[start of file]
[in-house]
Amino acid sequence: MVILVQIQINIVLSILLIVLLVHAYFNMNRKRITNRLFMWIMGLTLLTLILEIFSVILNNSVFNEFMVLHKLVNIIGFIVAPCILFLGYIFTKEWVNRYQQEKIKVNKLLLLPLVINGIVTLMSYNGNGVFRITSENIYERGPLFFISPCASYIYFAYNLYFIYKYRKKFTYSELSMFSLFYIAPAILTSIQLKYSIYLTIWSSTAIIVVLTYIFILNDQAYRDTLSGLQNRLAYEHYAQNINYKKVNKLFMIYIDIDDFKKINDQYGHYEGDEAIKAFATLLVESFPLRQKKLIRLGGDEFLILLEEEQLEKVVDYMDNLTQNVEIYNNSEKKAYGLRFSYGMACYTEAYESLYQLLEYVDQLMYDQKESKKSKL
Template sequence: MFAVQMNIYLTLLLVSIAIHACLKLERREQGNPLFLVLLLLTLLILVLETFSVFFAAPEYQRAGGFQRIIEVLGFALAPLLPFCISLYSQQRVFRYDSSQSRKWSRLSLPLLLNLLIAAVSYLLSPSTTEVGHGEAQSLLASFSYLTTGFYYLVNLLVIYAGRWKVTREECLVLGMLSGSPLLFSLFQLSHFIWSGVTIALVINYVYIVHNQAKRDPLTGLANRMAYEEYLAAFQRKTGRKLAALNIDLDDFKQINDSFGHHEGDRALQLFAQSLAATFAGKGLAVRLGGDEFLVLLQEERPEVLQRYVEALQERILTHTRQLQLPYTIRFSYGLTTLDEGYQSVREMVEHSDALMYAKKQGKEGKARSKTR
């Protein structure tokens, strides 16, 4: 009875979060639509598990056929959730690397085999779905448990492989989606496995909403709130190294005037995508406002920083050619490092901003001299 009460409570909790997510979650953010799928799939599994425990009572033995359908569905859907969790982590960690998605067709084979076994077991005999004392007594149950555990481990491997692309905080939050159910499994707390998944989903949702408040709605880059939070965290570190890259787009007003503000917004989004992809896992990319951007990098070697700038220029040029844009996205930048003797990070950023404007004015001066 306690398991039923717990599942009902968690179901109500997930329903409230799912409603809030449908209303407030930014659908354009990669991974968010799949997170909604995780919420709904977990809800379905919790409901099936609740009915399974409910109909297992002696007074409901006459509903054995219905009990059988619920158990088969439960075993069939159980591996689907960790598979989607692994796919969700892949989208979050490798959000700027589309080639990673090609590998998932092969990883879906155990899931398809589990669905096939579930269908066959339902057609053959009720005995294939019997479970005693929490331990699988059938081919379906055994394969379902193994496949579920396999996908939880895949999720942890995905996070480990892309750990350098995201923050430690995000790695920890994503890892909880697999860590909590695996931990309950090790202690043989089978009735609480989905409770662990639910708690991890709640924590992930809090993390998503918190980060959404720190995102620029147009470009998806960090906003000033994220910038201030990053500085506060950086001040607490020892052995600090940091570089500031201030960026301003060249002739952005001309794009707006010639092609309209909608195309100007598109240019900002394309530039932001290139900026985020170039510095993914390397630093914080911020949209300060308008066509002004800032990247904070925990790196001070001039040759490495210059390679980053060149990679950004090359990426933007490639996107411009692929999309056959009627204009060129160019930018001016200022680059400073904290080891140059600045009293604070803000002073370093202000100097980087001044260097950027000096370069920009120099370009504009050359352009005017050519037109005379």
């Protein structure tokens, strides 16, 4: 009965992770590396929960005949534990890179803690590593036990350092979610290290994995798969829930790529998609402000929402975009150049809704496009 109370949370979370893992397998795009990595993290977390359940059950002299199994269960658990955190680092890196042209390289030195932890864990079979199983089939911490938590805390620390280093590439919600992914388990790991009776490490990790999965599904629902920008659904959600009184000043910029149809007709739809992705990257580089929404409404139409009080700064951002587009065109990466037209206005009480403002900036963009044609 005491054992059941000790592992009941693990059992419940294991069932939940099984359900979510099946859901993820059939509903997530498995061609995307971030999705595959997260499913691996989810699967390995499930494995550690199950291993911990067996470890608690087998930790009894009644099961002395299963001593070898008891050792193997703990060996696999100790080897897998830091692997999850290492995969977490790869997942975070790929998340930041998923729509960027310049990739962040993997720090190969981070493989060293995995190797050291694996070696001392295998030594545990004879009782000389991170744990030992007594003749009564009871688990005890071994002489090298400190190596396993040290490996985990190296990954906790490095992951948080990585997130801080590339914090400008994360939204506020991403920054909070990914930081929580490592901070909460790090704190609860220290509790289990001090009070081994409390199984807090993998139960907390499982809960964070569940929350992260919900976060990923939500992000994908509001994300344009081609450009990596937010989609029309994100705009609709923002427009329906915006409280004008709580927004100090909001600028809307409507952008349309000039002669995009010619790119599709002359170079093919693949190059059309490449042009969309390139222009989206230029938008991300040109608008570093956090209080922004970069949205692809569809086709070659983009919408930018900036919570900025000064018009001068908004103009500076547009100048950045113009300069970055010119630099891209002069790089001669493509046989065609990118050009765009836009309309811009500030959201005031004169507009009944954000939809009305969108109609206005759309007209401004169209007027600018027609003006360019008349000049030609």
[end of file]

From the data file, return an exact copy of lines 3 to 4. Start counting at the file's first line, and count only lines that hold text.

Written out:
Template sequence: MFAVQMNIYLTLLLVSIAIHACLKLERREQGNPLFLVLLLLTLLILVLETFSVFFAAPEYQRAGGFQRIIEVLGFALAPLLPFCISLYSQQRVFRYDSSQSRKWSRLSLPLLLNLLIAAVSYLLSPSTTEVGHGEAQSLLASFSYLTTGFYYLVNLLVIYAGRWKVTREECLVLGMLSGSPLLFSLFQLSHFIWSGVTIALVINYVYIVHNQAKRDPLTGLANRMAYEEYLAAFQRKTGRKLAALNIDLDDFKQINDSFGHHEGDRALQLFAQSLAATFAGKGLAVRLGGDEFLVLLQEERPEVLQRYVEALQERILTHTRQLQLPYTIRFSYGLTTLDEGYQSVREMVEHSDALMYAKKQGKEGKARSKTR
């Protein structure tokens, strides 16, 4: 009875979060639509598990056929959730690397085999779905448990492989989606496995909403709130190294005037995508406002920083050619490092901003001299 009460409570909790997510979650953010799928799939599994425990009572033995359908569905859907969790982590960690998605067709084979076994077991005999004392007594149950555990481990491997692309905080939050159910499994707390998944989903949702408040709605880059939070965290570190890259787009007003503000917004989004992809896992990319951007990098070697700038220029040029844009996205930048003797990070950023404007004015001066 306690398991039923717990599942009902968690179901109500997930329903409230799912409603809030449908209303407030930014659908354009990669991974968010799949997170909604995780919420709904977990809800379905919790409901099936609740009915399974409910109909297992002696007074409901006459509903054995219905009990059988619920158990088969439960075993069939159980591996689907960790598979989607692994796919969700892949989208979050490798959000700027589309080639990673090609590998998932092969990883879906155990899931398809589990669905096939579930269908066959339902057609053959009720005995294939019997479970005693929490331990699988059938081919379906055994394969379902193994496949579920396999996908939880895949999720942890995905996070480990892309750990350098995201923050430690995000790695920890994503890892909880697999860590909590695996931990309950090790202690043989089978009735609480989905409770662990639910708690991890709640924590992930809090993390998503918190980060959404720190995102620029147009470009998806960090906003000033994220910038201030990053500085506060950086001040607490020892052995600090940091570089500031201030960026301003060249002739952005001309794009707006010639092609309209909608195309100007598109240019900002394309530039932001290139900026985020170039510095993914390397630093914080911020949209300060308008066509002004800032990247904070925990790196001070001039040759490495210059390679980053060149990679950004090359990426933007490639996107411009692929999309056959009627204009060129160019930018001016200022680059400073904290080891140059600045009293604070803000002073370093202000100097980087001044260097950027000096370069920009120099370009504009050359352009005017050519037109005379």